Marketers are staging sweepstakes, quizzes and events to gather people’s personal information and build detailed profiles. New privacy protections put in place by tech giants and governments are threatening the flow of user data that companies rely on to target consumers with online ads.
As a result, companies are taking matters into their own hands. Across nearly every sector, from brewers to fast-food chains to makers of consumer products, marketers are rushing to collect their own information on consumers, seeking to build millions of detailed customer profiles.
Gathering such data has long been a priority, but there is newfound urgency. Until now, most advertisers have depended heavily on data from business partners, including tech giants and ad-technology firms, to determine how to focus their ads. But all of the traditional tactics are under assault.
Apple Inc. rolled out a change on its devices this year that restricts how users can be tracked. Google is planning a similar push for its popular Chrome browser. New privacy laws in California and Europe are adding to the squeeze on data.
So brands are deploying an array of tactics to persuade users to surrender data to the brand itself—loyalty programs, sweepstakes, newsletters, quizzes, polls and QR codes, those pixelated black-and-white squares that have become ubiquitous during the pandemic.
Avocados From Mexico, a nonprofit marketing organization that represents avocado growers and packers, is encouraging people to submit grocery receipts to earn points exchangeable for avocado-themed sportswear. It is also conducting a contest for the chance to win a truck. To enter, consumers scan QR codes on in-store displays and enter their name, birthday, email and phone number.
“We have a limited window to figure this out, and everybody’s scrambling” to do so, said Ivonne Kinser, vice president of marketing for the avocado group. It has managed to capture roughly 50 million device IDs—the numbers associated with mobile devices—and is working to link them to names and email addresses. The group plans to use the customer information for ad targeting and to make its ads more relevant to its customers.
Building detailed profiles of customers can be costly, since it requires sophisticated software and data science expertise. “We can do a little bit at a time, but it will take years,” Ms. Kinser said. Consumer packaged-goods companies, in particular, will likely struggle to get meaningful quantities of data, since many don’t sell directly to their customers.
No matter how successful brands are in these efforts, they will have a minuscule amount of user data compared with giants like Facebook, Google and Amazon.com Inc. Marketers will still spend huge sums to advertise on those platforms for the foreseeable future. But by having their own robust databases, companies could make their online ad campaigns less costly and more effective.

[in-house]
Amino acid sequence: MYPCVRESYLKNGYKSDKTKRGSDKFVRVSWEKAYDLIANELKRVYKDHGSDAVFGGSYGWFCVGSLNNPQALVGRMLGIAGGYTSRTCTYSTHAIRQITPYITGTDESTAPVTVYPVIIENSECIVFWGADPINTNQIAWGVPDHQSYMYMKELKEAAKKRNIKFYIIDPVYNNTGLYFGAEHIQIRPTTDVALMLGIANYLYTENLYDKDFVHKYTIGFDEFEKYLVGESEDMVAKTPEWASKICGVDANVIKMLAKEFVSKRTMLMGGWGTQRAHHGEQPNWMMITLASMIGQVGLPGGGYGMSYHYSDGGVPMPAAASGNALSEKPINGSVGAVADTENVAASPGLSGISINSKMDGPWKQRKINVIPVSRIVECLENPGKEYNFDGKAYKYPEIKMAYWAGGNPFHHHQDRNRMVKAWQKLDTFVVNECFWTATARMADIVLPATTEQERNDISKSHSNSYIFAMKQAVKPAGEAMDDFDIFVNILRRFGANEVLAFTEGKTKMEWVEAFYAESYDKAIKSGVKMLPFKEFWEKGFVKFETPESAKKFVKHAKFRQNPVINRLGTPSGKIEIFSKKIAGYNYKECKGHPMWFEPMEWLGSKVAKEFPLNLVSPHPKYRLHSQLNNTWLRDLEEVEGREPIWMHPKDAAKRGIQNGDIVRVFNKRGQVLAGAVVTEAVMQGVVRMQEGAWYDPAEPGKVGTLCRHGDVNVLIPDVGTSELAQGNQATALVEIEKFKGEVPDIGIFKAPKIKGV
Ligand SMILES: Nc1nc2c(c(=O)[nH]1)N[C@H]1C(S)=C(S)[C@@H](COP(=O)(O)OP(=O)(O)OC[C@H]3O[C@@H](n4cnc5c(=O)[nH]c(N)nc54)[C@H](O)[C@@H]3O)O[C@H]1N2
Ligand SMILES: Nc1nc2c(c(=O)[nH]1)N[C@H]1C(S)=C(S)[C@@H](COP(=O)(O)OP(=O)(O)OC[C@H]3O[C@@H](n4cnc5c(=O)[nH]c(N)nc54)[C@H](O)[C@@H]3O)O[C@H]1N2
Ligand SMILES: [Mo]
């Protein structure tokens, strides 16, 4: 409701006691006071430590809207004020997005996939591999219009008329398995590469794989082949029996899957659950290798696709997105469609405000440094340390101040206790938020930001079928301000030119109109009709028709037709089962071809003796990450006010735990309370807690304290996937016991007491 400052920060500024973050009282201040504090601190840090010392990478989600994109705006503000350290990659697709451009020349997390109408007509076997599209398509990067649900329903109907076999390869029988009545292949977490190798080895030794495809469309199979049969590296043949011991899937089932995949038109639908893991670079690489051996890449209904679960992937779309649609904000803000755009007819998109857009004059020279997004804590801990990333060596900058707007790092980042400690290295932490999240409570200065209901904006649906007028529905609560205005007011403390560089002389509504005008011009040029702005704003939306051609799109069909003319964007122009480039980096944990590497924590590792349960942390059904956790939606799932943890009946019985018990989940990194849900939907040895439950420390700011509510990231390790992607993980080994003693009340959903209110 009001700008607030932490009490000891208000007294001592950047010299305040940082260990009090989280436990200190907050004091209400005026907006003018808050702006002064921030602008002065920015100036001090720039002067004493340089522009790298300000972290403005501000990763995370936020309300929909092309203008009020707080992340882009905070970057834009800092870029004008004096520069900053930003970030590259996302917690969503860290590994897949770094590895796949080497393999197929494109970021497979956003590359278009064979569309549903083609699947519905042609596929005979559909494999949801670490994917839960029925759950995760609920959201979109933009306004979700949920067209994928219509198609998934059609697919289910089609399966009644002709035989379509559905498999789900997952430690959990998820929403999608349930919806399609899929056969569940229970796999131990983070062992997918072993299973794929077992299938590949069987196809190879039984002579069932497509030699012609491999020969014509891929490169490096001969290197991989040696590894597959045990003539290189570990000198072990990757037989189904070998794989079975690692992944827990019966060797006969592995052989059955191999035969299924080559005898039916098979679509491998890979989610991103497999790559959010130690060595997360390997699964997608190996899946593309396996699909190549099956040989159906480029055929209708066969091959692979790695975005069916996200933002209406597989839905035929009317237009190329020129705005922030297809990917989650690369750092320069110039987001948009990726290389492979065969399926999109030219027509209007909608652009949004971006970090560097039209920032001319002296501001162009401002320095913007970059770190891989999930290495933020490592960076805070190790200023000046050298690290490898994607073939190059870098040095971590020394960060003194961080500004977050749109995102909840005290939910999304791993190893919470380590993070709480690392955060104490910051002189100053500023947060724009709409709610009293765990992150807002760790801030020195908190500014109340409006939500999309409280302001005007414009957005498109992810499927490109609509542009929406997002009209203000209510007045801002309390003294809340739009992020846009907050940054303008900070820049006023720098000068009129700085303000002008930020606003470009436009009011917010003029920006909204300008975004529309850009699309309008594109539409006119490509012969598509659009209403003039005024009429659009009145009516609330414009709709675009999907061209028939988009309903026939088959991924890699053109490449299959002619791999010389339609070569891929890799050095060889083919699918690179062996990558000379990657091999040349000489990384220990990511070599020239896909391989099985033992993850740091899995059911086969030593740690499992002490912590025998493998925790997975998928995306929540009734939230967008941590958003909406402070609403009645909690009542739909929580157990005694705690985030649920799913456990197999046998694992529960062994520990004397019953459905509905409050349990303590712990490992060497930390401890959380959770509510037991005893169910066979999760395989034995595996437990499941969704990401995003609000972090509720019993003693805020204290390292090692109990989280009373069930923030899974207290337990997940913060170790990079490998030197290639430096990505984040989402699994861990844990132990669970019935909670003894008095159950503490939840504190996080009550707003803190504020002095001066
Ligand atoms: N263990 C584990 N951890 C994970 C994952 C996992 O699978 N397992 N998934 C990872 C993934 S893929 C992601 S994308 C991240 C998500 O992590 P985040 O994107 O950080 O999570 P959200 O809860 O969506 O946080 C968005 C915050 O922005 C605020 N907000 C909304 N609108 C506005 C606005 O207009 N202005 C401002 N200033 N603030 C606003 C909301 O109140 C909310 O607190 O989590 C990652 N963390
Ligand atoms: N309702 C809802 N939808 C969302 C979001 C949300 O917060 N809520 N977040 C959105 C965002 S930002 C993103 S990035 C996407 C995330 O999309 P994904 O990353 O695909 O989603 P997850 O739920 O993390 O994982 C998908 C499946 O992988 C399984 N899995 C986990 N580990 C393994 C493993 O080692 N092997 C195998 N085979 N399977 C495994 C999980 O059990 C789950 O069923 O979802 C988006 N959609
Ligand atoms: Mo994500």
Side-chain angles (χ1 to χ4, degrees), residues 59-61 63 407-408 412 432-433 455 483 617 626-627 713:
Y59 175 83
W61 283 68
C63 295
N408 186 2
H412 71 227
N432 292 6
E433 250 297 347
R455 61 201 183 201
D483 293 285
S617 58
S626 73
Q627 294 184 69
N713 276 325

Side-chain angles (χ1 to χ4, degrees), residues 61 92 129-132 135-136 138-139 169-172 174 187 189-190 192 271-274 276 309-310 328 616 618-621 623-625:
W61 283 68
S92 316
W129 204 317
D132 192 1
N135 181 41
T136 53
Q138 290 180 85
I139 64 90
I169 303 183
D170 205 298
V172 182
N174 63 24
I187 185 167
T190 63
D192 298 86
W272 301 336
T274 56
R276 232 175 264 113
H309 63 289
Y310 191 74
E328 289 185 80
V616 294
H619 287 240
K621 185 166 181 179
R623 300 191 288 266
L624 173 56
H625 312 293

Miller High Life ran an online contest this summer to give away a branded patio set. The lucky winner got a bar, stools and neon signs. The company’s prize was the personal details of almost 40,000 people who signed up, including emails, birthdays and phone numbers. The reason it asks for birthdays is to validate ages, since it’s an alcohol brand.
Molson Coors Beverage Co., Miller’s parent company, said as more people opt out of being tracked by apps, having more customer data can help keep its ad costs from rising when it buys digital ads across social media channels and from online publishers using automated ad-buying systems.
Molson has conducted more than 300 data-collection efforts this year, including sweepstakes and contests at bars around the country. Many customers signing up in the contests agree to let the brewer store their information and use it for marketing purposes.
“You could think it’s a bad thing, like, we’re trying to access people’s information, but people actually have no problem sharing that information because they’re getting a benefit out of it as well,” said Sofia Colucci, global vice president of marketing for the Miller family of brands.
The upshot is that major apps, including Facebook, will have less data over time to help brands target ads on their platforms. Apple declined to comment. Reaching desirable audiences on Facebook is already getting more expensive for e-commerce brands. The company, whose parent is now known as Meta Platforms Inc., said Apple’s change hurt its sales growth in the most recent quarter. Meta said it is working on technology to mitigate the issues.
Buying and targeting online ads has long been helped by cookies, tiny files stored in a browser that carry information about a person’s online behavior. Google, a unit of Alphabet Inc., has said that by late 2023 it plans to pull the plug on third-party cookies within Chrome, in the interest of user privacy.
Google recently tested a new form of ad targeting that would let marketers direct their ads at large cohorts, such as people interested in travel. In some cases, Google will let marketers use their own customer data to target individuals on Google properties such as YouTube—another move that makes it important for companies to collect their own data.